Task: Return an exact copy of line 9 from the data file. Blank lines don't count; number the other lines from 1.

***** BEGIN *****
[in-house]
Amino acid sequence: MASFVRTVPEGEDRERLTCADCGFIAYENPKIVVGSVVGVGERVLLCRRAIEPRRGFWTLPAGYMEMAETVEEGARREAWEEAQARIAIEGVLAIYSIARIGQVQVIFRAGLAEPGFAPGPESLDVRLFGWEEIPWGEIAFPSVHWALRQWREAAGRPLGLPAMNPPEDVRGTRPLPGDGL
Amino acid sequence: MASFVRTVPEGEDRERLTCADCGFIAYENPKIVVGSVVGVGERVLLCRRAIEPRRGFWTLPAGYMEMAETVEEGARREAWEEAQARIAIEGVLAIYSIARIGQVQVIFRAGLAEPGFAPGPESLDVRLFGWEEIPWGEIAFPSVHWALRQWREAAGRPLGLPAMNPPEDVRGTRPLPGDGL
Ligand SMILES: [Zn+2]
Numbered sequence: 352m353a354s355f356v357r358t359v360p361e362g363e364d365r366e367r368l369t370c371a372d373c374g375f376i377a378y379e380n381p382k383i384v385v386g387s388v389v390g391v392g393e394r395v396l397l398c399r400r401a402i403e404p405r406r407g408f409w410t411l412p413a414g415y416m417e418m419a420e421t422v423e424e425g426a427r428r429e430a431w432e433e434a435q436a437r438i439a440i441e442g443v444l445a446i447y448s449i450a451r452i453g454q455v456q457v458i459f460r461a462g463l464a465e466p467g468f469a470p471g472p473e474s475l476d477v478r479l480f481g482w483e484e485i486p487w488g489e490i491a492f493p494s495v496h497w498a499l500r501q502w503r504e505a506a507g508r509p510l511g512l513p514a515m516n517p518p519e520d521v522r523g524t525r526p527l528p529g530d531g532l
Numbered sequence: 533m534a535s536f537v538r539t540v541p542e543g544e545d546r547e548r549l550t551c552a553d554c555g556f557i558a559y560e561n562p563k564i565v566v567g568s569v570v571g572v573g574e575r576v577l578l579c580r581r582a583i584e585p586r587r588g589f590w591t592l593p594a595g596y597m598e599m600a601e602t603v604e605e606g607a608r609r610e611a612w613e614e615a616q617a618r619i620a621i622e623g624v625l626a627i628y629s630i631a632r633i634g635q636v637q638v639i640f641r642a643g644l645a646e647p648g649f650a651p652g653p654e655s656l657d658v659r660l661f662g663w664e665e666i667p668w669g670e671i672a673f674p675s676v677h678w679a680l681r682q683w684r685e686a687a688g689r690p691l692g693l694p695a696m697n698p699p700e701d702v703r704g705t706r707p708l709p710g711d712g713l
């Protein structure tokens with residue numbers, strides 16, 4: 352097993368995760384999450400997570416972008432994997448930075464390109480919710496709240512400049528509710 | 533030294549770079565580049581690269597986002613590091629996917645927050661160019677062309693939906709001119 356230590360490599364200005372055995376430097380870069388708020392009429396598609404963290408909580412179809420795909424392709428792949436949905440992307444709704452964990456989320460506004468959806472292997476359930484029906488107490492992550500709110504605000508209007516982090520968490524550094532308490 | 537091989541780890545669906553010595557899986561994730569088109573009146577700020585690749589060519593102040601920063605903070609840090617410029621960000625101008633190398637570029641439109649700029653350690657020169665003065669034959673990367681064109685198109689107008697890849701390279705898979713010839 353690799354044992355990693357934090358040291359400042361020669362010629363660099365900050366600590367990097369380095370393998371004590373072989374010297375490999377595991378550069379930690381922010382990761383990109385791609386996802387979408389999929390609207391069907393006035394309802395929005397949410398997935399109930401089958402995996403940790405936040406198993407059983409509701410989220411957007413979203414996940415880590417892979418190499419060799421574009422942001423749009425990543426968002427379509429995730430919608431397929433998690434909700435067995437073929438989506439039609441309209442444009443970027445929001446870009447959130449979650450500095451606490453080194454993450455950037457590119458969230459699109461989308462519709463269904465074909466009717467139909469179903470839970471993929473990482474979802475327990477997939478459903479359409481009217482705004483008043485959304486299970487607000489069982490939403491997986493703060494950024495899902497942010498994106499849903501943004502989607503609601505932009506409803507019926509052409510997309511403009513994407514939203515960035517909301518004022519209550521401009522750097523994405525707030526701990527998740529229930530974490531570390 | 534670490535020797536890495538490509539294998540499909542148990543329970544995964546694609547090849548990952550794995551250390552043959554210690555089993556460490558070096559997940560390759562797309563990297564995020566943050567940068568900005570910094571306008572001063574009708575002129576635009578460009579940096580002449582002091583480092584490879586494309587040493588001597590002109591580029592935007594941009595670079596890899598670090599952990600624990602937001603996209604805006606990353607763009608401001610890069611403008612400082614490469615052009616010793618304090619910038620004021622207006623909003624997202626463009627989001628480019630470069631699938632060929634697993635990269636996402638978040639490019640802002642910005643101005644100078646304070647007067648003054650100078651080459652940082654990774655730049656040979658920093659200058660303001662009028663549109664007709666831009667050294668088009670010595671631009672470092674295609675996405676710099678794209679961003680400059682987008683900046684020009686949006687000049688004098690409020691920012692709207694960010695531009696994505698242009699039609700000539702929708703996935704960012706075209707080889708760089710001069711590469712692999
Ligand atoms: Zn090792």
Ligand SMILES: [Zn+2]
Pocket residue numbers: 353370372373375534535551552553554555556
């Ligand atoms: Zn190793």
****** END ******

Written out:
Ligand SMILES: [Zn+2]